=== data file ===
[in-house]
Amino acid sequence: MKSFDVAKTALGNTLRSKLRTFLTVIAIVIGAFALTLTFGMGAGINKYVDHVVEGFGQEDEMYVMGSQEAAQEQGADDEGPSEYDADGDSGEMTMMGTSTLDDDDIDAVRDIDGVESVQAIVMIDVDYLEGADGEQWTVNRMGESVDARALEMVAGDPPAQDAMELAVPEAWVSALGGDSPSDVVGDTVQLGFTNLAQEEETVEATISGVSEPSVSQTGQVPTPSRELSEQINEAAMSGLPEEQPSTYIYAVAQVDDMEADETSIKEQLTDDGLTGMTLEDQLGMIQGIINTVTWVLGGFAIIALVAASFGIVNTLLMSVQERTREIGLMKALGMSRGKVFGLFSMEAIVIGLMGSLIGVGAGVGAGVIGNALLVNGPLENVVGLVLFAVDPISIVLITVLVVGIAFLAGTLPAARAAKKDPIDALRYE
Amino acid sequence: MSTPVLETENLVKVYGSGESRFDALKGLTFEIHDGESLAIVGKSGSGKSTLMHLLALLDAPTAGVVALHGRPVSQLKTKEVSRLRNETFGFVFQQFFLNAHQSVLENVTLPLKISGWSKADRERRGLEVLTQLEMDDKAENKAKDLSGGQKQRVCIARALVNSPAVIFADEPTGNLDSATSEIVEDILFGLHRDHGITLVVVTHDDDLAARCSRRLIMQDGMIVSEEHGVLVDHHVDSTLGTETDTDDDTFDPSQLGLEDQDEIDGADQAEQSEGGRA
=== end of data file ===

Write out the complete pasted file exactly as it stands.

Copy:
[in-house]
Amino acid sequence: MKSFDVAKTALGNTLRSKLRTFLTVIAIVIGAFALTLTFGMGAGINKYVDHVVEGFGQEDEMYVMGSQEAAQEQGADDEGPSEYDADGDSGEMTMMGTSTLDDDDIDAVRDIDGVESVQAIVMIDVDYLEGADGEQWTVNRMGESVDARALEMVAGDPPAQDAMELAVPEAWVSALGGDSPSDVVGDTVQLGFTNLAQEEETVEATISGVSEPSVSQTGQVPTPSRELSEQINEAAMSGLPEEQPSTYIYAVAQVDDMEADETSIKEQLTDDGLTGMTLEDQLGMIQGIINTVTWVLGGFAIIALVAASFGIVNTLLMSVQERTREIGLMKALGMSRGKVFGLFSMEAIVIGLMGSLIGVGAGVGAGVIGNALLVNGPLENVVGLVLFAVDPISIVLITVLVVGIAFLAGTLPAARAAKKDPIDALRYE
Amino acid sequence: MSTPVLETENLVKVYGSGESRFDALKGLTFEIHDGESLAIVGKSGSGKSTLMHLLALLDAPTAGVVALHGRPVSQLKTKEVSRLRNETFGFVFQQFFLNAHQSVLENVTLPLKISGWSKADRERRGLEVLTQLEMDDKAENKAKDLSGGQKQRVCIARALVNSPAVIFADEPTGNLDSATSEIVEDILFGLHRDHGITLVVVTHDDDLAARCSRRLIMQDGMIVSEEHGVLVDHHVDSTLGTETDTDDDTFDPSQLGLEDQDEIDGADQAEQSEGGRA